I almost titled this post “staying present” but it seemed far too trite and over-used in present day discourse. So I opted to borrow a phrase used by Brené Brown, telling a story about her work with a military unit in her recent book, Braving the Wilderness, which I just finished via audiobook.
This relates to the topic of reconsidering my current work, and realizing that my soul’s “expiration date” for this work is coming to an end, but I do not yet know what my next step will be. Thus, even though there are parts of this work that I realize I no longer enjoy as I have become more aware of my strengths and interests, I still work there. My job is our family’s main source of income, and therefore I need to suck it up and keep rolling for a while, whether or not I envision some future that looks different than today (and I do).
Yesterday afternoon my mind was spinning with all I “have” to do and I was casting around, looking for mental distraction, and doing what I could to escape the present moment, which seemed to be irritating and overwhelming me. On the yoga mat this morning, I had more clarity. What I could not see at the time was that I was resisting my present reality, trying not to reside there, telling myself it was toxic to be there, and just wanting an escape button. I needed to instead embrace the present moment, acknowledge to myself there are some tasks I find challenging to complete, and that railing against them mentally would not help me complete them. Indeed, I had been stuck in a sort of mental “pity party” thinking of all the reasons my department is heading in the wrong direction, and why I need to leave.
All of those things may be true: I want to leave the current situation. I no longer see it as a long-term viable path for me. And yes, there are certain parts of my work that suck, mightily. So I know I will continue to work toward my plan to find new work that aligns better with my soul’s calling. In the meantime, I have a job to do, a role to play, and a team I lead that requires my effort and my presence. I may have to ask for help on some projects or tasks, always hard for me, but something I continue to practice practice. I may try to set better boundaries in some areas, where I realize that my director’s tendency to say “yes” to everything compromises our team’s ability to function effectively.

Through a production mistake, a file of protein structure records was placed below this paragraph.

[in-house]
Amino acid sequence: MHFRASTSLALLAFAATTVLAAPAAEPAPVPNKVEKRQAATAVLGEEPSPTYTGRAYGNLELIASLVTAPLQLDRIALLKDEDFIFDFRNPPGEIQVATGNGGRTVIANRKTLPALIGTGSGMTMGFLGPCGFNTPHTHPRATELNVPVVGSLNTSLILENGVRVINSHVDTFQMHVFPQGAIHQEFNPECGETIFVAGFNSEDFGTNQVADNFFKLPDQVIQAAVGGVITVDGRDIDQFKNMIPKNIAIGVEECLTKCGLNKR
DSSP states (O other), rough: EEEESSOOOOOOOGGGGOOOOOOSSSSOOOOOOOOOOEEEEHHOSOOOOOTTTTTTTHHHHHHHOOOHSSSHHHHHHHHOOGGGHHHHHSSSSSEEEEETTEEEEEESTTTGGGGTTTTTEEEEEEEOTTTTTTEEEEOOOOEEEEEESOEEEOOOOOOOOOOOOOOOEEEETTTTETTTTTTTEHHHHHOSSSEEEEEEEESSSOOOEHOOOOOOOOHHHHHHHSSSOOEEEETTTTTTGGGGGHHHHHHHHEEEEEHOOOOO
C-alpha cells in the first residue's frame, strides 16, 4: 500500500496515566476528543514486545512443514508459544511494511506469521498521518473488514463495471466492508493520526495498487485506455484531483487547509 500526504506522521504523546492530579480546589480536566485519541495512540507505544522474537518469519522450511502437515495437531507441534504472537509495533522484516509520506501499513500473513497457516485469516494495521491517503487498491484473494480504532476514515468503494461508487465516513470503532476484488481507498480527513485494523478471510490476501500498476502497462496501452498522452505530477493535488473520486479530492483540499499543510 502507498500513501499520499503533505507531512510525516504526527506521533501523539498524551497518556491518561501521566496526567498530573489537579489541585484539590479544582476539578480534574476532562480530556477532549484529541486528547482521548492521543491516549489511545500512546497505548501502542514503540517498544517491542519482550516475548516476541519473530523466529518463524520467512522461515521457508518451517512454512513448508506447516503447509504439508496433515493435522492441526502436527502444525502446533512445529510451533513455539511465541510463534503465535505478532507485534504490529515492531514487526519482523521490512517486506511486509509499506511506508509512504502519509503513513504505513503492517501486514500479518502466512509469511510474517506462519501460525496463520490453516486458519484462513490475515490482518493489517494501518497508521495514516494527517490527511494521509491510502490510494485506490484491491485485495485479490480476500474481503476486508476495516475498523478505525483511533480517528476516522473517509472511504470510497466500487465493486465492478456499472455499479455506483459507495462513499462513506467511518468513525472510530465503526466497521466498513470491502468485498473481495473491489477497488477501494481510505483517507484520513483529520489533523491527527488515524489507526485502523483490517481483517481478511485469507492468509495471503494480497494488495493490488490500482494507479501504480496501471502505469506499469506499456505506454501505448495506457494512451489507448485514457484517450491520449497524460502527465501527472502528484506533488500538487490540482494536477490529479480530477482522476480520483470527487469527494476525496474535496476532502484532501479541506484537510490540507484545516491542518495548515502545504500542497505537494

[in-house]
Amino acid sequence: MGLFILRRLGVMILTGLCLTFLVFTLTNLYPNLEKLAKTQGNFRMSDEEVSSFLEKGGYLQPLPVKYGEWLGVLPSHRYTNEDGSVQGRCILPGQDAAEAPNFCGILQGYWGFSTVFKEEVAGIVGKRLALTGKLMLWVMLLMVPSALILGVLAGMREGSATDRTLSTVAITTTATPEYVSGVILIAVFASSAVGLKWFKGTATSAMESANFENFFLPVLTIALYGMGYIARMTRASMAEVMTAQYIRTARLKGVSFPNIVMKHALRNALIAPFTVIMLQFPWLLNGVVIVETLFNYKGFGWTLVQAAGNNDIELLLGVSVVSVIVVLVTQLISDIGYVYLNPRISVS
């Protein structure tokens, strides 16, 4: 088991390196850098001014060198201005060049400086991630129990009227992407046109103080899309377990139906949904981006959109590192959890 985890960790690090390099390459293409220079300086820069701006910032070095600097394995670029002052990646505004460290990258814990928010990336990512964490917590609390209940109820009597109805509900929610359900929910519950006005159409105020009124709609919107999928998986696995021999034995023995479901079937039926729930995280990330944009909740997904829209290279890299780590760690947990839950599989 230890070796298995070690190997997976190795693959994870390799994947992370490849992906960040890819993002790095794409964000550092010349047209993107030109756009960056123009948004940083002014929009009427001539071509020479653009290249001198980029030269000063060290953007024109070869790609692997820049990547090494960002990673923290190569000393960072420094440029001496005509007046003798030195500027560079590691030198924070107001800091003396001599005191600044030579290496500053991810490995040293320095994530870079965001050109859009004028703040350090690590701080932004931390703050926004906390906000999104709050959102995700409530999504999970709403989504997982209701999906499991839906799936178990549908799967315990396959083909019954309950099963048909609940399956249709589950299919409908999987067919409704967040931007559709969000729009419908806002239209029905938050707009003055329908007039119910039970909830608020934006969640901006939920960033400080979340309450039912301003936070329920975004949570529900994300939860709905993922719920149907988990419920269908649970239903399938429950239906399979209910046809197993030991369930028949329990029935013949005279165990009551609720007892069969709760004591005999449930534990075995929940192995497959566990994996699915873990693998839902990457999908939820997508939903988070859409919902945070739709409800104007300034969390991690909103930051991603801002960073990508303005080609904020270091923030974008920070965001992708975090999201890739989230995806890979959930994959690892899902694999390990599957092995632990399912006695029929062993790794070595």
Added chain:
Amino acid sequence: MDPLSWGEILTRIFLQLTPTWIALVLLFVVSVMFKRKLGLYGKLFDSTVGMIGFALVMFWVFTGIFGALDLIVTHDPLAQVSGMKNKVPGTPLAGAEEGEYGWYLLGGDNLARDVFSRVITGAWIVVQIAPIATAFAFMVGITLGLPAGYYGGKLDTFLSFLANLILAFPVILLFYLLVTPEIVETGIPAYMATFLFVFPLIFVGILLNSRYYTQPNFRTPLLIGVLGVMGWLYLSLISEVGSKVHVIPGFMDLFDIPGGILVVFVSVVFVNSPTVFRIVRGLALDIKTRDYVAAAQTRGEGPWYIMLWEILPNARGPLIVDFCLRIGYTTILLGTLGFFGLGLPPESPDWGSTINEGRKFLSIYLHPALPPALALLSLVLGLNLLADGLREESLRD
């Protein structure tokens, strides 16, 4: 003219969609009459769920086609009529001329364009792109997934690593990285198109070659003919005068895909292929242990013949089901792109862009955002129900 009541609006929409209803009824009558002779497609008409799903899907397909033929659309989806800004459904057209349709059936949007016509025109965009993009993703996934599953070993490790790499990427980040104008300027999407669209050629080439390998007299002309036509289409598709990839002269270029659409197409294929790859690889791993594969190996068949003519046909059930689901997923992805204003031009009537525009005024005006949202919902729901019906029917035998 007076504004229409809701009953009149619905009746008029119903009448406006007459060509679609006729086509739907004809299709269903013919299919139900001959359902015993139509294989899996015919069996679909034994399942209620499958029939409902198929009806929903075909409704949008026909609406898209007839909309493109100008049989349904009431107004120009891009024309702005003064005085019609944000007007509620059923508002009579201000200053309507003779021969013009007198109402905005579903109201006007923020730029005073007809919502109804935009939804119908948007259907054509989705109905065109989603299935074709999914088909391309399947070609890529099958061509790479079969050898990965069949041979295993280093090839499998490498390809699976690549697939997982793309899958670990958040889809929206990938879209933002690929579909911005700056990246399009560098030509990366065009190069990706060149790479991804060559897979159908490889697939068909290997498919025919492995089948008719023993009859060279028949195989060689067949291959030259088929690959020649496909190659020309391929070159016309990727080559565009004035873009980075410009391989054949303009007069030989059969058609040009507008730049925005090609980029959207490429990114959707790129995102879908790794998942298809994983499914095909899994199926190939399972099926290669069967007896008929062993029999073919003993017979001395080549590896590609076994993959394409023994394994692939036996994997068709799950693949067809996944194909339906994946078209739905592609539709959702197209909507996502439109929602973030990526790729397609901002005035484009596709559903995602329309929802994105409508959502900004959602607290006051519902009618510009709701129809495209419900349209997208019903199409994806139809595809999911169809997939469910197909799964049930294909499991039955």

Another Brené Brown mantra comes to mind: “choose discomfort over resentment.” Those of us who are people-pleasers need to realize that it will uncomfortable to say “no” to certain things. Indeed, I feel some discomfort in my body when I imagine the scenario, a fluttery stomach, feelings fear and uncertainty arising. But in my deep core, I know it is the right thing to do. So instead of resisting this deep knowing, and the reality of where I am right now, I will embrace the suck. I will acknowledge it is uncomfortable for me to disappoint my boss, but know that it is more important to stand in integrity, and support my team. In the long run, I make better decisions when I create clear boundaries, and deliver on my commitments.
Byron Katie gives some great advice in her book on “Loving What Is” on not arguing with reality. It is a good reminder to me, and a better way to live in the world. Embrace whatever it is we are facing, bad or good, without getting caught up in our spinning thoughts about it, the stories we are telling about it, and stop resisting. Then we can take the next action needed in the present. We can stop adding suffering to the situation, which really comes from our thinking, not the situation itself.
6 thoughts on “Embracing the suck”
A quote that helped me through a similar time says, “The work you do may seem insignificant, but it is most important that you do it.” It’s attributed to Gandhi, and is painted on an overpass I drive under many days. It always pulls me center.
Also, I wanted to tell you I recently listened to an interview with Brene Brown on Krista Tippett’s podcast “On Being.” The episode title is, “The Courage to be Vulnerable.” Worth a listen if you haven’t yet. I added her book to my wishlist; thanks for the link. Take care.
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Great quote, thanks Jessie. I love Krista Tippett and am a big fan of her work. I think I heard that episode a year or so ago when I was listening to all things On Being. I have read almost all Brene Brown’s books (and/or listened on audio). I think she is a genius and really speaks to my clinical researcher side, but I love her messages of vulnerability and courage.
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